Organizational Power Politics: Tactics in Organizational Leadership

By Gilbert W. Fairholm | Go to book overview

6
Tactics Used with Superiors

Conventional wisdom leads us to believe that power is directed downward. The fact is that it flows in both directions. Some of the most important of our power relationships are those we have with our superiors. These relationships often constitute critical relations in the sense that success here determines our overall success in the group. They define much of what conventional wisdom calls office (organizational) politics.

These superior-directed contacts constitute some of the critical contingencies in our overall association with the organization ( Pfeffer, 1992). Our power behaviors toward superiors are central to attainment of our formal agendas. Indications are that our uses of power in these situations are somewhat less specific, less direct, and less overt than are the tactics we use toward other organizational targets ( Porter, Allen, and Angle, 1981). Nevertheless, this poweruse strategy constitutes a critical element of organizational politics.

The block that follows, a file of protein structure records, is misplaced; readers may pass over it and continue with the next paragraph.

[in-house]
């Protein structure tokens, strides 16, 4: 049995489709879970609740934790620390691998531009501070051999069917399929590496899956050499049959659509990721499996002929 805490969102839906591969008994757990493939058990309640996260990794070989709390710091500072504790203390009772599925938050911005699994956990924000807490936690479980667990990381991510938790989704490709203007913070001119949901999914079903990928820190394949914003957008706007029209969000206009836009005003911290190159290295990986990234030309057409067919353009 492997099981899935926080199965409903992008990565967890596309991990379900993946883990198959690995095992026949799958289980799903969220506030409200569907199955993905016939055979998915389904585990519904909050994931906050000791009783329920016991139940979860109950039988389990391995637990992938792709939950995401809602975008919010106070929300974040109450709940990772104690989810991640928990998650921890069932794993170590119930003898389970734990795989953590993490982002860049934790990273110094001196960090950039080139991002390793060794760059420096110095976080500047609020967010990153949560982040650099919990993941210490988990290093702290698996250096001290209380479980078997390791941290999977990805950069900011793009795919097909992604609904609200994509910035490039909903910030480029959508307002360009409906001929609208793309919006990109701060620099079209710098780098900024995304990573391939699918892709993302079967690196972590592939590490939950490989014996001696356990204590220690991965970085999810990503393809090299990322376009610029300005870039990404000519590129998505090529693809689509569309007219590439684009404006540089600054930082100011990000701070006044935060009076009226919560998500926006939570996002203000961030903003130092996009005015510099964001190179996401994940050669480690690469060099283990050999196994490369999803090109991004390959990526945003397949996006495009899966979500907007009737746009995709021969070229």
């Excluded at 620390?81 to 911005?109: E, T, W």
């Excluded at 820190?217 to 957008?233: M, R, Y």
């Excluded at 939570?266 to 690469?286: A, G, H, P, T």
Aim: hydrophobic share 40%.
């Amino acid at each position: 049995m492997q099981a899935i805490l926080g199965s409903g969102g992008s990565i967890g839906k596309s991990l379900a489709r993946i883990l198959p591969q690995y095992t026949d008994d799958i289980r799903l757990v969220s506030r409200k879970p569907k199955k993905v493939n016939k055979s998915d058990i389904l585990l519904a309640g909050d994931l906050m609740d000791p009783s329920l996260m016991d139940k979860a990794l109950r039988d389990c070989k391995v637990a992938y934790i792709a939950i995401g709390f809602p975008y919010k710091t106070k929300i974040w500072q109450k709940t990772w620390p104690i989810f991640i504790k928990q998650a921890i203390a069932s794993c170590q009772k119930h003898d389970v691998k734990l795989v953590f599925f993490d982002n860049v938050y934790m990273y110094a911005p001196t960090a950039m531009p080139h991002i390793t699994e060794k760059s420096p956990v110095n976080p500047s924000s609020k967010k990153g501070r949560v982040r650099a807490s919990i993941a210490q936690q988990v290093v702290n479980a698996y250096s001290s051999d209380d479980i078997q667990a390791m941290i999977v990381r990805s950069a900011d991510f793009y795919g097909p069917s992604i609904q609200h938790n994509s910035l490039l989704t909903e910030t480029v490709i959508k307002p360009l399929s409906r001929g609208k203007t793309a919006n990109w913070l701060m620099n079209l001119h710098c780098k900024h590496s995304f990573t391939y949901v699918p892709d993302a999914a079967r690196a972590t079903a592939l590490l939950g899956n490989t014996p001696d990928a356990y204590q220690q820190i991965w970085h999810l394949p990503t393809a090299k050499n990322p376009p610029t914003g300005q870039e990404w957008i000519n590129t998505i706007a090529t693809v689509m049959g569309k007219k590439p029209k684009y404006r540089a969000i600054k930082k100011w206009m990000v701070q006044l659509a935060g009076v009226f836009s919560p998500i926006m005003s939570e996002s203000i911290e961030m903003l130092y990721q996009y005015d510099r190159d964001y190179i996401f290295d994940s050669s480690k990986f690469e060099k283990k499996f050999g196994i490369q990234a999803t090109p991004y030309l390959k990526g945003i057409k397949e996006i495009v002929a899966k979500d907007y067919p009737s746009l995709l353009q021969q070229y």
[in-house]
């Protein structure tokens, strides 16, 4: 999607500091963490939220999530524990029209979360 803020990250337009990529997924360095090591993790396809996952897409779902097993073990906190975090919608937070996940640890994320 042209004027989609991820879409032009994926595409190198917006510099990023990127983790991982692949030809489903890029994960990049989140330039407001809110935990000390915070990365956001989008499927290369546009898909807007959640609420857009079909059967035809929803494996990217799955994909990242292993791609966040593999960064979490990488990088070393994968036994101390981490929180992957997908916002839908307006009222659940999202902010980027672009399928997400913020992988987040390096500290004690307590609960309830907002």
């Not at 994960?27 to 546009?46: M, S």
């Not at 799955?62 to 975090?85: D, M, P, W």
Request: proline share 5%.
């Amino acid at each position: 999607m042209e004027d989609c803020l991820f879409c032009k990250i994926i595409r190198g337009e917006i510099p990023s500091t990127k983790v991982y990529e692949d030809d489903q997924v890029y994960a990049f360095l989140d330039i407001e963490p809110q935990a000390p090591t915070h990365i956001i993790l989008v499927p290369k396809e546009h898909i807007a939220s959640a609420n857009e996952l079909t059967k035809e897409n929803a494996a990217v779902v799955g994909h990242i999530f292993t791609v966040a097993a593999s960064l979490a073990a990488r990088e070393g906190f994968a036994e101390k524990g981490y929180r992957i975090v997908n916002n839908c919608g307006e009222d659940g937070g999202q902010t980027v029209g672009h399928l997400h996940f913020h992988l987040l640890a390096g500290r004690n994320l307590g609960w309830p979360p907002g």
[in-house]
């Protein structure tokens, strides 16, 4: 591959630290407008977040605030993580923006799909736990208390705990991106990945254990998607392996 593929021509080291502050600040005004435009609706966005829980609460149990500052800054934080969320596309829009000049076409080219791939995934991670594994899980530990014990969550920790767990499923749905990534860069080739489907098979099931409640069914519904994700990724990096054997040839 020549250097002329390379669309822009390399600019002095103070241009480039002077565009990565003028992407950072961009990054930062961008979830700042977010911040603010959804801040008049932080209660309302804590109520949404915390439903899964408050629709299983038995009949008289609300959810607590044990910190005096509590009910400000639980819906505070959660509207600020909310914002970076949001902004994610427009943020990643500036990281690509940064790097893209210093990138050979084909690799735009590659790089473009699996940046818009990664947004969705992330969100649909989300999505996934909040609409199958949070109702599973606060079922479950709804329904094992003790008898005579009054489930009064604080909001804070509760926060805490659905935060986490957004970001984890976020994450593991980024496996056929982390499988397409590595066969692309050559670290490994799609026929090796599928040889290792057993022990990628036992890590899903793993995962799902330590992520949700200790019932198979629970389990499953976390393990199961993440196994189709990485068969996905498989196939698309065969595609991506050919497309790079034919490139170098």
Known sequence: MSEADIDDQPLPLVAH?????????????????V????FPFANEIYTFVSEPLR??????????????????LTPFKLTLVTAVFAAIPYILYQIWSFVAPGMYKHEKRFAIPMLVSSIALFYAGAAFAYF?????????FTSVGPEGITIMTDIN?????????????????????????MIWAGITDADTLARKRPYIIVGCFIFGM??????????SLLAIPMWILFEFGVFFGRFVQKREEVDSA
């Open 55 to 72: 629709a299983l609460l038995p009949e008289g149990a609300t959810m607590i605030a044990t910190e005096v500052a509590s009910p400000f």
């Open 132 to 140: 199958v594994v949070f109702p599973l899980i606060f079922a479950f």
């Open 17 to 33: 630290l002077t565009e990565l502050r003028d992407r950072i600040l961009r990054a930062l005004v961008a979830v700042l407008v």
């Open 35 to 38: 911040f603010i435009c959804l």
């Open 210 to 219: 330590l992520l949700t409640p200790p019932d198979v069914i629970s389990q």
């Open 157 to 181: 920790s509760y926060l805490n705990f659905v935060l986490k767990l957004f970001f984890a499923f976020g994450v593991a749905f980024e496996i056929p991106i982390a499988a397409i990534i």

Porter, Allen, and Angle ( 1981) suggest that while every relationship between subordinates and superiors may not be power-related, the probability is that most are ( Bacherach and Lawler, 1986). Obviously, normal downward-directed relationships between superiors and subordinates are power-tinged. Issuing orders, giving instructions, evaluating the work of subordinates all have power aspects. These uses of power are understandable to most. But power is, or can be seen, in most reverse relationships. That is, power is a part of the relationships from subordinates upward as well as from superiors downward. Both participants in this kind of relationship have and use power routinely ( Mechanic, 1962).

How much power use is implicit in normal business relationships with superiors? Any attempt to secure a favorable decision from a superior is a potential

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